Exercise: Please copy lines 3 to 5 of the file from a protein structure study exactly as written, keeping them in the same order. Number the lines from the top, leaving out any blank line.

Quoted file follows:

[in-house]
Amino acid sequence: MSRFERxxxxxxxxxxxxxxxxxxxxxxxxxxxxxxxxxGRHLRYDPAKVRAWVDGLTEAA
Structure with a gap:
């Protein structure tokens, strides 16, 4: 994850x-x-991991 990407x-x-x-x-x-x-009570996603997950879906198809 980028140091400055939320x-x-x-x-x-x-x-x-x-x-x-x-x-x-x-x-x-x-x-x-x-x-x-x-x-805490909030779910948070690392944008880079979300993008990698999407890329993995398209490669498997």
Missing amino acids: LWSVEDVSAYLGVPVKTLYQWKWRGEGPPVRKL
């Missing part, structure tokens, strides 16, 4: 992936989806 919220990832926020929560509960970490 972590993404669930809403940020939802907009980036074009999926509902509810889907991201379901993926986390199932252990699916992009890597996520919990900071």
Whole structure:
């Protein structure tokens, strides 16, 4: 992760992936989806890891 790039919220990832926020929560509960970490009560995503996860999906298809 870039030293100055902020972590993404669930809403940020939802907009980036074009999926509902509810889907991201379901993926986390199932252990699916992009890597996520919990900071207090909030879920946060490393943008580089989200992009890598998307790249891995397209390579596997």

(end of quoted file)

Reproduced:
Structure with a gap:
């Protein structure tokens, strides 16, 4: 994850x-x-991991 990407x-x-x-x-x-x-009570996603997950879906198809 980028140091400055939320x-x-x-x-x-x-x-x-x-x-x-x-x-x-x-x-x-x-x-x-x-x-x-x-x-805490909030779910948070690392944008880079979300993008990698999407890329993995398209490669498997």
Missing amino acids: LWSVEDVSAYLGVPVKTLYQWKWRGEGPPVRKL